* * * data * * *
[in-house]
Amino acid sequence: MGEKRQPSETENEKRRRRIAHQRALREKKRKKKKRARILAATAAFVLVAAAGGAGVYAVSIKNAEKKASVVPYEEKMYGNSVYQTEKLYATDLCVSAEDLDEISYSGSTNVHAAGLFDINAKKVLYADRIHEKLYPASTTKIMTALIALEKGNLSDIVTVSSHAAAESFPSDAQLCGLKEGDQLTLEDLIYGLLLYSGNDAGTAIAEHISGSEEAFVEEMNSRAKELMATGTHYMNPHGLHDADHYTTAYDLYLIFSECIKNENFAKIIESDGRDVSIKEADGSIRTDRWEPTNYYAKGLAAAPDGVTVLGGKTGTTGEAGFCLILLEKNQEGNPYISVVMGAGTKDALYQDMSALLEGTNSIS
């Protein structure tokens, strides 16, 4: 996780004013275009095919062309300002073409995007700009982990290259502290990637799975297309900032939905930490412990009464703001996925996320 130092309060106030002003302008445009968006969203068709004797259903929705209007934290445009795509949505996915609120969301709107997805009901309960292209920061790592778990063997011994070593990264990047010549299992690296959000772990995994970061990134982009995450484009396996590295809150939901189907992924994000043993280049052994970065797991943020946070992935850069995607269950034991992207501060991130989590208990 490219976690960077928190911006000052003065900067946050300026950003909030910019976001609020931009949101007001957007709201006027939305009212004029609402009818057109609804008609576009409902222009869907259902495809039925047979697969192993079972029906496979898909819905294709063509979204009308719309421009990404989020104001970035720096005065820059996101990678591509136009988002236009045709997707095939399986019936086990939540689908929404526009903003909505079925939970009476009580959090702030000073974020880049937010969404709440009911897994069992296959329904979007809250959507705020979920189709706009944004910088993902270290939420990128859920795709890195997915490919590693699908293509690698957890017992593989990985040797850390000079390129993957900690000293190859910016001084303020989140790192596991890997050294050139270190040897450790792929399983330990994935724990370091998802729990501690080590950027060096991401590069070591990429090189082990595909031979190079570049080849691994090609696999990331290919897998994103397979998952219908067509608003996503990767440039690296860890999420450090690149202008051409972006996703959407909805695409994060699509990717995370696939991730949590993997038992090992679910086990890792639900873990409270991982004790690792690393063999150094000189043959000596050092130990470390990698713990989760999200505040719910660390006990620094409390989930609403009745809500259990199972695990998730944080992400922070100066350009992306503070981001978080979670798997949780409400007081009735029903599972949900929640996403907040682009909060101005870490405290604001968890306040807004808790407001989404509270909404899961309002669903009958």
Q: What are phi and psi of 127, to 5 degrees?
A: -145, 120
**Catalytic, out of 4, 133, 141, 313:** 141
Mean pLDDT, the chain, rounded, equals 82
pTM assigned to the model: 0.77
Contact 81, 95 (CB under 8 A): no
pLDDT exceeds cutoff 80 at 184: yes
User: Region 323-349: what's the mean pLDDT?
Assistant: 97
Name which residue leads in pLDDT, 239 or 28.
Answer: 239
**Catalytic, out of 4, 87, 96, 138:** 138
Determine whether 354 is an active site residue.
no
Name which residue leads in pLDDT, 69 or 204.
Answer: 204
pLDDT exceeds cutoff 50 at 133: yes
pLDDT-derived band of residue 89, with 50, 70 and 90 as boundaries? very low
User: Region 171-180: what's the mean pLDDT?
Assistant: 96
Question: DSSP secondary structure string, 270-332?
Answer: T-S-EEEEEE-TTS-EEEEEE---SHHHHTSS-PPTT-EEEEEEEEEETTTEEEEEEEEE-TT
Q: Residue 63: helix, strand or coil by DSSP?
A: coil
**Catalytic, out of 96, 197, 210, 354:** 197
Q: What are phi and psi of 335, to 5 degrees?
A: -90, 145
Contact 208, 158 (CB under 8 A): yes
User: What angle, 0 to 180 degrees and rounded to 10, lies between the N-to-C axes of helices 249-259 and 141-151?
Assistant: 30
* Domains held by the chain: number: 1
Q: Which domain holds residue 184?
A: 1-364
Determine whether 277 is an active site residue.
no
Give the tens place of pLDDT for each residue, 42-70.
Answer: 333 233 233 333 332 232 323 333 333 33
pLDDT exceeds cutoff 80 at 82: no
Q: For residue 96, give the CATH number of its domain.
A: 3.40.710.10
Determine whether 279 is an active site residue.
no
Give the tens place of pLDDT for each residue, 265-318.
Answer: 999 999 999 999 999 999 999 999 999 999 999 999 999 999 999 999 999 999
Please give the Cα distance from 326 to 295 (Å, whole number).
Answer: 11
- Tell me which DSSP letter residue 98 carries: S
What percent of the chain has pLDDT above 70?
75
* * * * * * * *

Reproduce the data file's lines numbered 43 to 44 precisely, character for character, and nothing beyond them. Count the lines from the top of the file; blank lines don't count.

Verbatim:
A: 3.40.710.10
Determine whether 279 is an active site residue.